Grandfather’s Journey vs. The Lost Thing
Within both stories there are two key underlining themes. First being lost and finding your place in society and secondly having something in common with someone which helps you understand them better. These stories not only take children on remarkable journeys but they also address many social issues such as immigration, class and war. These issues are difficult for adults to discuss with children as a result they are more acceptable through the portrayal of books.
Starting with Grandfather’s Journey by Allan Say, the narrator comes to realise how similar he and his grandfather are. They both travelled as young men, they both love California, they both had daughters and they both experience a longing to visit their childhood homes. These similarities helps the narrator understand his grandfather better. In the final statement on page 31, the narrator voices his grandfather’s dilemma, “But I also miss the mountains and rivers of my childhood … The funny thing is, the moment I am in one country, I am homesick for the other.” The internal struggle of his grandfather continues with the next generation. The story is a fascinating biological and historical journey spanning over three generations which starts from the Meiji Restoration Period (1868) in Japan to the early 1950s after the devastation of the Hiroshima bomb.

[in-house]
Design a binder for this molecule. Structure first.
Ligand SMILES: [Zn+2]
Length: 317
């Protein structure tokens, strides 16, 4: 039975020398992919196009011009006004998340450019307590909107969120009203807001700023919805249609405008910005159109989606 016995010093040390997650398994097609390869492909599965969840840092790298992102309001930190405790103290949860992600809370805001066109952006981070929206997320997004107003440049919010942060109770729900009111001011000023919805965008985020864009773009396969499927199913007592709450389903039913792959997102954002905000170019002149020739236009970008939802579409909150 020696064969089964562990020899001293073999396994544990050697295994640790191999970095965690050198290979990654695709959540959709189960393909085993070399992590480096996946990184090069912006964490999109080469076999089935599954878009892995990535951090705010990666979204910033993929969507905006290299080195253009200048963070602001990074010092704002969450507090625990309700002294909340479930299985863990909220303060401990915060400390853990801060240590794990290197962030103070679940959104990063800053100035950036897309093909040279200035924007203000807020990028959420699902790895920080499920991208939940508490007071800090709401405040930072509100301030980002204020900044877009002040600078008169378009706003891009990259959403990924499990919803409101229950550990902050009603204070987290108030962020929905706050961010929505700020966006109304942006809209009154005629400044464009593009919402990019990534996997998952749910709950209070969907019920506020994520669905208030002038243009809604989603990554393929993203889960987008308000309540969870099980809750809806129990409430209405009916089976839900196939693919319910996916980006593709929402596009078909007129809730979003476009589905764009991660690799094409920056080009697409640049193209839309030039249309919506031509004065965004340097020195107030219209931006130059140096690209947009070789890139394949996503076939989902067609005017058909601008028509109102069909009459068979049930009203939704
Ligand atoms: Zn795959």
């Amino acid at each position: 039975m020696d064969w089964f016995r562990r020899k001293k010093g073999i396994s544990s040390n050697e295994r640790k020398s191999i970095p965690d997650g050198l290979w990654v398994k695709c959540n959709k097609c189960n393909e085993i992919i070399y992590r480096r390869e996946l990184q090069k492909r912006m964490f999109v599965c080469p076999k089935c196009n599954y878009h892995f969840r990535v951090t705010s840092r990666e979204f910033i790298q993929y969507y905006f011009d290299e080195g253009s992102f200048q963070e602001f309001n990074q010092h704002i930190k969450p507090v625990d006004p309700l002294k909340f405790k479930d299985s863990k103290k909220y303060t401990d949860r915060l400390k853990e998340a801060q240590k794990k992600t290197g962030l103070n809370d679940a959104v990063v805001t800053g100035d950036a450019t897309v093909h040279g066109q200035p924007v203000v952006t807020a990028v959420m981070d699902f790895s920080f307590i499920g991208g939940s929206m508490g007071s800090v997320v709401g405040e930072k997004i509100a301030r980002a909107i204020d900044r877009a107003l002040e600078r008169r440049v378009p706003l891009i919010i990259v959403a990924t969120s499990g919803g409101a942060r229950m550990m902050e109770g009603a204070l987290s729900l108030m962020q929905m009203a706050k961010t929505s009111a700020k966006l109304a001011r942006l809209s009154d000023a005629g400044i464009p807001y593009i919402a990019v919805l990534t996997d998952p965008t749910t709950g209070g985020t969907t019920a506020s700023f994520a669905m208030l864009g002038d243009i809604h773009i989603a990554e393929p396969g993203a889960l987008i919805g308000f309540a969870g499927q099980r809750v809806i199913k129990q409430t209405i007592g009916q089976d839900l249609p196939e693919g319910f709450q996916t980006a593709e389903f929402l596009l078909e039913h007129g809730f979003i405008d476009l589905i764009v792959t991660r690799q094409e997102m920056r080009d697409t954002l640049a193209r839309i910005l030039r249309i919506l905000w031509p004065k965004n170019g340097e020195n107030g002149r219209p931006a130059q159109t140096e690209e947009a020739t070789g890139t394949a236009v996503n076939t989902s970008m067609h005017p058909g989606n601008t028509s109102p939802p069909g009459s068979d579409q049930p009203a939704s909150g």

The beautiful water coloured pictures resemble a treasured family album with only one picture per page which indicates the location and time with the accompanying text. The illustrations evolved from formal photographic poses to more candid snapshots as the grandfather becomes older. The images provide the reader with a range of emotions the grandfather felt over the years. The picture of a middle aged grandfather surrounded by the cages of the songbirds illustrate the sadness and longing the grandfather felt for his hometown in Japan. The text is almost secondary and used only to confirm what the reader sees in the grandfather’s expression. Not all the illustrations depict sadness, the grandfather experienced excitement and happiness through his travels as a young man and later when he is with his grandson. The grandfather began his travels during the industrial revolution and the illustrations range from dark and gloomy for developing cities to vibrant blues and greens for his hometown in Japan. The layout of the pictures in the Grandfather’s Journey is placed in the centre of the page separating the framed illustrations from the text. There is a high degree of salience throughout the book with the image of the grandfather as the main focus. The narrative is shaped by the personal relationship and opinions of the speaker and author, Allan Say. The text like the illustrations are simplistic with only one or two sentences per picture.